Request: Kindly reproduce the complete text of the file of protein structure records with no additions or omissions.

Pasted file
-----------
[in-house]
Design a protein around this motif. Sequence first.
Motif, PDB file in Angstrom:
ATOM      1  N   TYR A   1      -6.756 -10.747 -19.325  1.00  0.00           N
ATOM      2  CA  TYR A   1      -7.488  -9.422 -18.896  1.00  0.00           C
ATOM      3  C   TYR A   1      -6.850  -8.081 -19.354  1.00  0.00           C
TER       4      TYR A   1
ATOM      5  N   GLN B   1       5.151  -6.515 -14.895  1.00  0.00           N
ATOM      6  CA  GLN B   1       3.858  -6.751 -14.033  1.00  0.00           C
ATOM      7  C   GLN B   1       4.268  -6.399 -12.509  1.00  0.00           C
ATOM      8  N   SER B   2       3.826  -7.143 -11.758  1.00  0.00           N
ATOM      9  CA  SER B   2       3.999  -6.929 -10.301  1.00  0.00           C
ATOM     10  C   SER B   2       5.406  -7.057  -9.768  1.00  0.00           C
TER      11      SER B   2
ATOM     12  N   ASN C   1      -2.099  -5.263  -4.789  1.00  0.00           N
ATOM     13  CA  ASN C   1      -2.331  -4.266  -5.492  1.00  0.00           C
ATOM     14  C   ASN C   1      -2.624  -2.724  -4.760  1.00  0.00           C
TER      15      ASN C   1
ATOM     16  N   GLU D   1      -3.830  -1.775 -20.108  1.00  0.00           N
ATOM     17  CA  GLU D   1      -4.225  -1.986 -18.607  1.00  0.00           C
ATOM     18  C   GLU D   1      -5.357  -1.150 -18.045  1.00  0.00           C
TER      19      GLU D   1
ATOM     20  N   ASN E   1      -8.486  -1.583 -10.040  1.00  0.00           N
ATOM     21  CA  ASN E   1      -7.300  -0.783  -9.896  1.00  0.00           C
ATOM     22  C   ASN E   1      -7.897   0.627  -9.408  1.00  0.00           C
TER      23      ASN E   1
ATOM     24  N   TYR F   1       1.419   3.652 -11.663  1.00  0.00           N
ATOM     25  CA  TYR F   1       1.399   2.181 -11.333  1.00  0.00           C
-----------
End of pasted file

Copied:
[in-house]
Design a protein around this motif. Sequence first.
Motif, PDB file in Angstrom:
ATOM      1  N   TYR A   1      -6.756 -10.747 -19.325  1.00  0.00           N
ATOM      2  CA  TYR A   1      -7.488  -9.422 -18.896  1.00  0.00           C
ATOM      3  C   TYR A   1      -6.850  -8.081 -19.354  1.00  0.00           C
TER       4      TYR A   1
ATOM      5  N   GLN B   1       5.151  -6.515 -14.895  1.00  0.00           N
ATOM      6  CA  GLN B   1       3.858  -6.751 -14.033  1.00  0.00           C
ATOM      7  C   GLN B   1       4.268  -6.399 -12.509  1.00  0.00           C
ATOM      8  N   SER B   2       3.826  -7.143 -11.758  1.00  0.00           N
ATOM      9  CA  SER B   2       3.999  -6.929 -10.301  1.00  0.00           C
ATOM     10  C   SER B   2       5.406  -7.057  -9.768  1.00  0.00           C
TER      11      SER B   2
ATOM     12  N   ASN C   1      -2.099  -5.263  -4.789  1.00  0.00           N
ATOM     13  CA  ASN C   1      -2.331  -4.266  -5.492  1.00  0.00           C
ATOM     14  C   ASN C   1      -2.624  -2.724  -4.760  1.00  0.00           C
TER      15      ASN C   1
ATOM     16  N   GLU D   1      -3.830  -1.775 -20.108  1.00  0.00           N
ATOM     17  CA  GLU D   1      -4.225  -1.986 -18.607  1.00  0.00           C
ATOM     18  C   GLU D   1      -5.357  -1.150 -18.045  1.00  0.00           C
TER      19      GLU D   1
ATOM     20  N   ASN E   1      -8.486  -1.583 -10.040  1.00  0.00           N
ATOM     21  CA  ASN E   1      -7.300  -0.783  -9.896  1.00  0.00           C
ATOM     22  C   ASN E   1      -7.897   0.627  -9.408  1.00  0.00           C
TER      23      ASN E   1
ATOM     24  N   TYR F   1       1.419   3.652 -11.663  1.00  0.00           N
ATOM     25  CA  TYR F   1       1.399   2.181 -11.333  1.00  0.00           C